A fish farm in neighboring Greece. Photograph by Rod Heikell via Tell-Tales
Travelers exploring the Aegean and Mediterranean regions by boat in recent years have noticed a change in the sea's once-sparkling and peaceful bays and inlets--and not a change for the better. In some areas, the water would turn a cloudy green, and even emit an awful smell. The culprit, they learned, was fish farms.One couple described their experience in Güllük Bay on the Turkish coast in an email to sailing blogger Rod Heikell:
We were taken by surprise by the large increase in the number of fish farms in this bay from last year to this.... the effect these farms appear to have had on the water quality seems to be substantial. Last year for example the water in the bay at Iassos was clear and so too was the water in Paradise Bay. This year much of the water is very cloudy and unpleasant.... We are all in favour of sustainable fish farming as locals have to make a living and produce food but what is going on in the Bay of Güllük seems rather excessive."
The couple asked Heikell if the Turkish authorities were doing anything about the problem. Two years later, they have, at least to a degree, shutting down 29 fish farms in the Muğla province, which includes Güllük Bay, following reports of pollution. The farms in question had not abided by orders to move to new locations, a proposal of somewhat dubious environmental merit in the first place.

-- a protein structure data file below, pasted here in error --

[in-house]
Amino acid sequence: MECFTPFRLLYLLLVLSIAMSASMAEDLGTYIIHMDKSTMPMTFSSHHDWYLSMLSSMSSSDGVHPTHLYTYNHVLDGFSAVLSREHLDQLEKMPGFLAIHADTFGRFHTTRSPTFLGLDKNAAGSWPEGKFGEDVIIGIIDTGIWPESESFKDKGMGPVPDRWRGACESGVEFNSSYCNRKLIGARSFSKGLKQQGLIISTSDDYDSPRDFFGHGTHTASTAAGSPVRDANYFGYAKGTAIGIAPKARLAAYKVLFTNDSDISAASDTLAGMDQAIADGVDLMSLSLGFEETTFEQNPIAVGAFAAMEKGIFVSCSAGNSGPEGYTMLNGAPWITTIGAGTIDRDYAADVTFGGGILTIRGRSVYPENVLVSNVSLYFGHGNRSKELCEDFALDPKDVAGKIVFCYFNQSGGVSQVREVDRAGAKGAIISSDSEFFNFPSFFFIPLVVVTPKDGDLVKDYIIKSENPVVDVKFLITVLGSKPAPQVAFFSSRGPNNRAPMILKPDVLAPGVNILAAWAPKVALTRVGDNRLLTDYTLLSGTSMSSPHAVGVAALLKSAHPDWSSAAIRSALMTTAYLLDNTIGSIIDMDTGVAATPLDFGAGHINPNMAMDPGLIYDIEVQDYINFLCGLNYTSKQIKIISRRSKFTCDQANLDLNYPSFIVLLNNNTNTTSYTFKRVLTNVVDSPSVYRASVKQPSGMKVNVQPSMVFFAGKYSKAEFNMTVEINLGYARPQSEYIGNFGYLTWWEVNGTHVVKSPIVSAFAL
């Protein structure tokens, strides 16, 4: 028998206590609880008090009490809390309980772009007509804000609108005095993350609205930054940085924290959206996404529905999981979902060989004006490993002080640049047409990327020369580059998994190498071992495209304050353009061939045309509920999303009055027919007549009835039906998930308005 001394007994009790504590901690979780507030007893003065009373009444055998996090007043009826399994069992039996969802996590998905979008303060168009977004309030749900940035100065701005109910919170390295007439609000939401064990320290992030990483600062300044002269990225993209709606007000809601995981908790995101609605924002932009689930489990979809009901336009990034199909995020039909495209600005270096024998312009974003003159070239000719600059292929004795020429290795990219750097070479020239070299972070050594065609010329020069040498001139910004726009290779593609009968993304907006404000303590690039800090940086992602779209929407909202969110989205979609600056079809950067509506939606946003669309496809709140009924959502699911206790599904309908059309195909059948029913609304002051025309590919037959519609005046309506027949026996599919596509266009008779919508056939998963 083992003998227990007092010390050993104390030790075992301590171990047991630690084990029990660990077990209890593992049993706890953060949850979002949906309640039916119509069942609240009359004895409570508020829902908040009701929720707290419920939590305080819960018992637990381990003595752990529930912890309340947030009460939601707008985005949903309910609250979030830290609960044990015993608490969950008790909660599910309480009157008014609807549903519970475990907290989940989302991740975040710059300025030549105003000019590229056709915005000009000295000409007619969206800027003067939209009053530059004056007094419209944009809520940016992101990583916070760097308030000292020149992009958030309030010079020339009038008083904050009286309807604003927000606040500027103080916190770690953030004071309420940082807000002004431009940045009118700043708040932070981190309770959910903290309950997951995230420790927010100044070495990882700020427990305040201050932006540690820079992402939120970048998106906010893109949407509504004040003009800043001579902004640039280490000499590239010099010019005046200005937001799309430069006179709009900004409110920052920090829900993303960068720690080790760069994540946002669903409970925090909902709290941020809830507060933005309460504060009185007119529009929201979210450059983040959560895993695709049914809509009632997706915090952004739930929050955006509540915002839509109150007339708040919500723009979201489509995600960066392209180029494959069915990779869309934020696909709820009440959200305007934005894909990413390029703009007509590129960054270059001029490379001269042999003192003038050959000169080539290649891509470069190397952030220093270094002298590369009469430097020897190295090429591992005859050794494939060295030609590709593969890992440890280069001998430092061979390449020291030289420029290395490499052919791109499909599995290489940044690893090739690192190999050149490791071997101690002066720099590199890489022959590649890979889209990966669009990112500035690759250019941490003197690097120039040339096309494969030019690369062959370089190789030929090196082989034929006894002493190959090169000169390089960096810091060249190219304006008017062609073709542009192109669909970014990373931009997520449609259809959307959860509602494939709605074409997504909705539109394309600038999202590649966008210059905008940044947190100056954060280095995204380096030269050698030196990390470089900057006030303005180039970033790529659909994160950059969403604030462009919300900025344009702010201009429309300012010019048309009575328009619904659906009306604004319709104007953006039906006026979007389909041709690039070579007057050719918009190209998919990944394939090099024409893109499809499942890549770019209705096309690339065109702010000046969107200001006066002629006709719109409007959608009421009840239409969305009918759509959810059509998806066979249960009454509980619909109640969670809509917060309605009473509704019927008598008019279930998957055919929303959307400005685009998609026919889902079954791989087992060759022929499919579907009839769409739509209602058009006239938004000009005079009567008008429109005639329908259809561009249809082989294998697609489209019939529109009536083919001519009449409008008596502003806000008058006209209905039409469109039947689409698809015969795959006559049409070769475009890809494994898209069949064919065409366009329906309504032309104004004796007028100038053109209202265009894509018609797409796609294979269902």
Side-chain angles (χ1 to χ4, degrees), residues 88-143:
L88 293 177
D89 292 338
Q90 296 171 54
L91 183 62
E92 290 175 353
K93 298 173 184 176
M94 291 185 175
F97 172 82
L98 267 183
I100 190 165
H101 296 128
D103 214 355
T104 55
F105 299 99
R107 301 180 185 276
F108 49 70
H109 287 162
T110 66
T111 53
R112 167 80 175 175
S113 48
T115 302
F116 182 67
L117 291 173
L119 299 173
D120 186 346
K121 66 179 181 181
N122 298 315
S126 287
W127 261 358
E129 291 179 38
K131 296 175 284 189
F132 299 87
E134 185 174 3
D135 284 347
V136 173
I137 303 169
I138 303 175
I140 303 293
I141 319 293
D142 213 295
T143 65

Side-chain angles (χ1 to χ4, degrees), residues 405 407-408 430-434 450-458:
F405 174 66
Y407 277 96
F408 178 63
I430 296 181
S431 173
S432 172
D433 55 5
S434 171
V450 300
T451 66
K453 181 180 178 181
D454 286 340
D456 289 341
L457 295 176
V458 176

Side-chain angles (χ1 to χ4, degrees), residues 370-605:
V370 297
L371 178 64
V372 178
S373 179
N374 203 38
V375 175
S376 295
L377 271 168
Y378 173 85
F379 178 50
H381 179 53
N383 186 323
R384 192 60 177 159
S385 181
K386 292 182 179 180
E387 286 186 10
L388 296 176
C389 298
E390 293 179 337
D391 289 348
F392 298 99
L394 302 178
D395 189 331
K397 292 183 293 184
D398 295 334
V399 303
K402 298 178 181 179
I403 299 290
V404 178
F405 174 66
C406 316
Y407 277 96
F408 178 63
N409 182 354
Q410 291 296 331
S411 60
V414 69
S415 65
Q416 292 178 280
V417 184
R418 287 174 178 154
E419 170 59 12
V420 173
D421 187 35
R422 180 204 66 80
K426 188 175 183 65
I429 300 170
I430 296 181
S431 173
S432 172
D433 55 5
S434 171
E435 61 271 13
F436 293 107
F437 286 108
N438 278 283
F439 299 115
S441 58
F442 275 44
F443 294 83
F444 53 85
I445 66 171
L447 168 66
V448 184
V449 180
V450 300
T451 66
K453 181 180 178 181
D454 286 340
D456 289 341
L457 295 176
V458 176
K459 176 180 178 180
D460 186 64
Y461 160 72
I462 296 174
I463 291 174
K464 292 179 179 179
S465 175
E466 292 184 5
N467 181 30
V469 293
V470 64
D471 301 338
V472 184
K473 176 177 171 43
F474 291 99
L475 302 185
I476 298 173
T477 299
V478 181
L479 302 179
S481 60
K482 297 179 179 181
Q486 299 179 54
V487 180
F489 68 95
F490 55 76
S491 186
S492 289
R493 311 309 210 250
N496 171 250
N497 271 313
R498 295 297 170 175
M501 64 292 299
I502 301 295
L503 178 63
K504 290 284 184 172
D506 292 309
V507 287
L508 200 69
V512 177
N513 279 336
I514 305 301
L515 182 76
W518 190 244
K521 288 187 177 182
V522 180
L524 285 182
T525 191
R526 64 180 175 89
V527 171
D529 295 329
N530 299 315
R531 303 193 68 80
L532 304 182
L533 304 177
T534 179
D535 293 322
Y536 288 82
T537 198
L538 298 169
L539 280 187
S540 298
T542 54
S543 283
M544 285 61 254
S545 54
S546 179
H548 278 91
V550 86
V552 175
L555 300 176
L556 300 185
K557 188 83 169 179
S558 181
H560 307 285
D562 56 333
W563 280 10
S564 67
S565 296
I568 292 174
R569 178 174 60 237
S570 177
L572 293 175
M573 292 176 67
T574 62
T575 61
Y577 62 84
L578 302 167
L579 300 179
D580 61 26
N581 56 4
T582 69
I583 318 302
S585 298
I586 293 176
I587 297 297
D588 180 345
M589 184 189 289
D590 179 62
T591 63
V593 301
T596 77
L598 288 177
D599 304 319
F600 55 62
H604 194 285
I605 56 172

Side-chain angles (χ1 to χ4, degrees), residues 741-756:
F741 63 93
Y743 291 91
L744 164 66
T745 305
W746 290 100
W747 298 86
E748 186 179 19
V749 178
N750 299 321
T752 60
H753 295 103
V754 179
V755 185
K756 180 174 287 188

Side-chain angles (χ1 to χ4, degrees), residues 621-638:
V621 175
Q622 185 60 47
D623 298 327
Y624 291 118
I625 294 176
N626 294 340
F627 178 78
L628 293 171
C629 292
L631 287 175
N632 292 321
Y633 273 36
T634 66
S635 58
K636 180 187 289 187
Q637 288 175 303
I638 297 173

Pollution from the fish farms has been driving visitors away, a major problem in a region dependent on tourism. "The bay area has turned into small cesspools after wire cages, cans, and fishing nets have been discarded in the sea," the Turkish Daily News reported last year. "Today, because of this pollution, yachts from the Blue Cruise line have to turn back before entering the bays and tourists no longer swim in the bays." Local fishermen suffered the effects of the murky and unhealthy waters too, and the fish farms themselves seemed to be faring little better, with 4 million fish deaths recorded at the beginning of 2008.
In 2006, protesters in nearby Didim marched against fish farms, halting plans for a new facility off the coast.
More about fish farms and aquaculture:
How to Choose Eco Friendly Farm Raised Fish
Aquaculture Industry Looks to Sustainable Feeds
Two-Headed Fish Spark Concern Over Pesticide Contamination
Ocean Fish Farms Won’t Save Wild Fish & Can Easily Destroy Them
Animation Shows How Sea Lice From Fish Farms Can Reduce Wild Population
Worldwatch Institute Reports that Sustainable Fish Farms Can Feed the World
30000 Farmed Salmon Make A Break For It
Discussing the Merits of Aquaculture
Deep Sea Fish Farm: Deep Trouble?